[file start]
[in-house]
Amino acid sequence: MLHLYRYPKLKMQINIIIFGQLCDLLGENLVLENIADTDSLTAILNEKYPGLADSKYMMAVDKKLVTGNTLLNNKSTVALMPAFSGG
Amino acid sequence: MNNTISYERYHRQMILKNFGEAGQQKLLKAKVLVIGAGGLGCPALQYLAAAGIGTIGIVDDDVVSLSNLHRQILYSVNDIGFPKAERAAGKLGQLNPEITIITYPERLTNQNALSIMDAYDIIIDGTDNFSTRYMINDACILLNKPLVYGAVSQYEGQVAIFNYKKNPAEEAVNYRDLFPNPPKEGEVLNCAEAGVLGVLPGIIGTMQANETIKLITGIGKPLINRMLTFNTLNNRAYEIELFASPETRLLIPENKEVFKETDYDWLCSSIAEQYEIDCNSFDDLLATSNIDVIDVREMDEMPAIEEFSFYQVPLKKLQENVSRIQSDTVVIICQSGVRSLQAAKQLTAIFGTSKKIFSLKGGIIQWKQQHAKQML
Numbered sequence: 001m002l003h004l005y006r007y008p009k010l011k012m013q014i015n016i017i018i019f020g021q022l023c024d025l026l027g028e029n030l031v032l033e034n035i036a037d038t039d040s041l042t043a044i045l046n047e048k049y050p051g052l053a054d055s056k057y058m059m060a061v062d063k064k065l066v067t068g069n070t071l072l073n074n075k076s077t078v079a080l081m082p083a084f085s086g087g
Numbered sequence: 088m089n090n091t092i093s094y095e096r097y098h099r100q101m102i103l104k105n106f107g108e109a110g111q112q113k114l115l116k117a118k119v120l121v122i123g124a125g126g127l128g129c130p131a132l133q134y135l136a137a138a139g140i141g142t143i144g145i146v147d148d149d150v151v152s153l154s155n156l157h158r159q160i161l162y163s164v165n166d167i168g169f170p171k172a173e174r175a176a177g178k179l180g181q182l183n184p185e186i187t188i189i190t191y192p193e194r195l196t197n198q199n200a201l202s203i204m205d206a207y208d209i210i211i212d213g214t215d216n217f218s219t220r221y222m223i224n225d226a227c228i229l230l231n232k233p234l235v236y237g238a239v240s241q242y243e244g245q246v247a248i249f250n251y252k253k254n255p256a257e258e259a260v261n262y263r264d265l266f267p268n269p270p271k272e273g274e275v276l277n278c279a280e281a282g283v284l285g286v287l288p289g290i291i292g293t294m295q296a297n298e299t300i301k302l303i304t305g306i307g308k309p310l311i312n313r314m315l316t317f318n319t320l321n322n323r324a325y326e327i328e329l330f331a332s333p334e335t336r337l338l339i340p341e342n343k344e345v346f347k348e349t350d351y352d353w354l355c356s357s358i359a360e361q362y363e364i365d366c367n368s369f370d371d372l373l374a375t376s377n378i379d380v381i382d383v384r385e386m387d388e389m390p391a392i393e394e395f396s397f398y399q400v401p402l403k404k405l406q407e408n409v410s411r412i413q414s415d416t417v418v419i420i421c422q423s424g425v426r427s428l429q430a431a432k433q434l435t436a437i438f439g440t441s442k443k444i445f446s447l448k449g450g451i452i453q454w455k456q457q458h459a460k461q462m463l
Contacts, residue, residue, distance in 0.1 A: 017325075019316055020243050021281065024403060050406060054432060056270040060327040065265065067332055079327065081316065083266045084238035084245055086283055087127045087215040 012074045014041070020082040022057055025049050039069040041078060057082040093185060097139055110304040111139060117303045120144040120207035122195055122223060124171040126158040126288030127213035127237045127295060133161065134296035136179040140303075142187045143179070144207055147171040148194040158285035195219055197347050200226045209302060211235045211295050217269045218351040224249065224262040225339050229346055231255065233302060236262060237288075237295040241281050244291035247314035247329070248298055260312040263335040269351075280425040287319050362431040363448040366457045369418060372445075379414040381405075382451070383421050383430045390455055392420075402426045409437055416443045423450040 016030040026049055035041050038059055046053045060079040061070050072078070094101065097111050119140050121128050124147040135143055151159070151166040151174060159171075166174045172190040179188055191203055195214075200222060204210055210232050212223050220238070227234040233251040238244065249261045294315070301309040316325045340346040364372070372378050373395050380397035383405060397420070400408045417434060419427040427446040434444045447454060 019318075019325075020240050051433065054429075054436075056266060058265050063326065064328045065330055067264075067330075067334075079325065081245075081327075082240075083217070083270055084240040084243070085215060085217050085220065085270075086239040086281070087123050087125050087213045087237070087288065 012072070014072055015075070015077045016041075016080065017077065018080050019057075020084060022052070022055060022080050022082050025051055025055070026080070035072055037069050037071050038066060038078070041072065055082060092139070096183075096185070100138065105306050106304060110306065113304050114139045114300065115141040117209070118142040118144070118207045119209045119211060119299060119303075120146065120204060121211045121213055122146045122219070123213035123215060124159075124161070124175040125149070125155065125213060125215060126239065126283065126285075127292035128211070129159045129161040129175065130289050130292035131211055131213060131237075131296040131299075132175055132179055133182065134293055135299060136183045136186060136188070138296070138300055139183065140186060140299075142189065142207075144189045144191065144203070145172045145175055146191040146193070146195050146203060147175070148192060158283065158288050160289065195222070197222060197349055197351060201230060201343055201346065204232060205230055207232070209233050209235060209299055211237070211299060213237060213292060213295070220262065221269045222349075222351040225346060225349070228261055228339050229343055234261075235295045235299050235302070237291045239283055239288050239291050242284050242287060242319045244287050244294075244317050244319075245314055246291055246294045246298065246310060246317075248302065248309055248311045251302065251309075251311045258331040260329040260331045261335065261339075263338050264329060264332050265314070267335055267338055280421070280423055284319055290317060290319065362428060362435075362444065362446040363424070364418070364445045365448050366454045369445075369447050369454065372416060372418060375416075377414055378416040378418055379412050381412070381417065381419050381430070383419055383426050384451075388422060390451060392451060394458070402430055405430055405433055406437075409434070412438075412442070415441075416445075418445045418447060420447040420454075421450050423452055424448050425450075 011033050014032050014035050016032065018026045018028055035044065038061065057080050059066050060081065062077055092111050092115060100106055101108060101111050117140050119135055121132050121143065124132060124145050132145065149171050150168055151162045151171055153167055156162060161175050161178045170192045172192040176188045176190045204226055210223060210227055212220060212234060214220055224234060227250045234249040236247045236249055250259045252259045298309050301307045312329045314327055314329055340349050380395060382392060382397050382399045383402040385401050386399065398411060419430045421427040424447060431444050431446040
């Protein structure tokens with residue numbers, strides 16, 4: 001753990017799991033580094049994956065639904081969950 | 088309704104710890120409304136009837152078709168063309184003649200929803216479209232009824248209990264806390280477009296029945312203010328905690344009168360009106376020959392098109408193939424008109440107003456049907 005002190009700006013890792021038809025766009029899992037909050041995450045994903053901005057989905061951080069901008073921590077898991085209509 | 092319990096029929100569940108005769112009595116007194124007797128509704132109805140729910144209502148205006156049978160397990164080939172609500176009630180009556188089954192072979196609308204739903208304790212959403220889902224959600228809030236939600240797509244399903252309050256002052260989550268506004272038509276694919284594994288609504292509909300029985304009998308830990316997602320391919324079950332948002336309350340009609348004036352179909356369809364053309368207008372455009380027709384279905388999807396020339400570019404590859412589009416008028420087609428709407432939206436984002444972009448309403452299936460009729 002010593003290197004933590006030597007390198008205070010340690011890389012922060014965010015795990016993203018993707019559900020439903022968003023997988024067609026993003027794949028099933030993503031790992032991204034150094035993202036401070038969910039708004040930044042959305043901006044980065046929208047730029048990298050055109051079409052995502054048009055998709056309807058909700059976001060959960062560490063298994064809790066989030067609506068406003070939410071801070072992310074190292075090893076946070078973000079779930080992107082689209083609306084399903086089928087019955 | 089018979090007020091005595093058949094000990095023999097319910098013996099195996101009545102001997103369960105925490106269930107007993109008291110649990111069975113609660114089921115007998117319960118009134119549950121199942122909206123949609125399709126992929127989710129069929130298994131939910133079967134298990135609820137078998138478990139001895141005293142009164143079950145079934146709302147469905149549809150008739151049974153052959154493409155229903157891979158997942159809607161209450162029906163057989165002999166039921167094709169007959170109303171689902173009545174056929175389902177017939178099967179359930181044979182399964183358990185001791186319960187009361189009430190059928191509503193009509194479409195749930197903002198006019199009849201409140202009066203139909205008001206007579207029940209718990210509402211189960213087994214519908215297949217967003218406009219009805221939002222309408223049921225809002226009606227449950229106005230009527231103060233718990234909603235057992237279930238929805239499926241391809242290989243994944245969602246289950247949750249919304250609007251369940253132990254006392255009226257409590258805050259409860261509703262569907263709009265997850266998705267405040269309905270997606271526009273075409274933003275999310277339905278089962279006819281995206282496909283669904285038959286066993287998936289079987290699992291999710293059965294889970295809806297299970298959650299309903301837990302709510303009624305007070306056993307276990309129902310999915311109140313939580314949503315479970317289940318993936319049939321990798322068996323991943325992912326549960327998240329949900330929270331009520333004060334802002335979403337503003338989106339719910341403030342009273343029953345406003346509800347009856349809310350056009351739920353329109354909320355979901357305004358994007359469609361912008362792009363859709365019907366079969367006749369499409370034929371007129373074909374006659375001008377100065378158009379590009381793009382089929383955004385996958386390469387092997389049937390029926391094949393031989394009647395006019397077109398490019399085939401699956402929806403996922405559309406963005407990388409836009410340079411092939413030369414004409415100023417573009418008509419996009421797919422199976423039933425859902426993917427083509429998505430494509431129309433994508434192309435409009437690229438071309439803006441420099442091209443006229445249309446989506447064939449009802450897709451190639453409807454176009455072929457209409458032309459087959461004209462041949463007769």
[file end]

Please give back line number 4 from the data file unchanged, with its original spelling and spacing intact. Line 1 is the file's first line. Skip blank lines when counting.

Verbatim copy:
Numbered sequence: 001m002l003h004l005y006r007y008p009k010l011k012m013q014i015n016i017i018i019f020g021q022l023c024d025l026l027g028e029n030l031v032l033e034n035i036a037d038t039d040s041l042t043a044i045l046n047e048k049y050p051g052l053a054d055s056k057y058m059m060a061v062d063k064k065l066v067t068g069n070t071l072l073n074n075k076s077t078v079a080l081m082p083a084f085s086g087g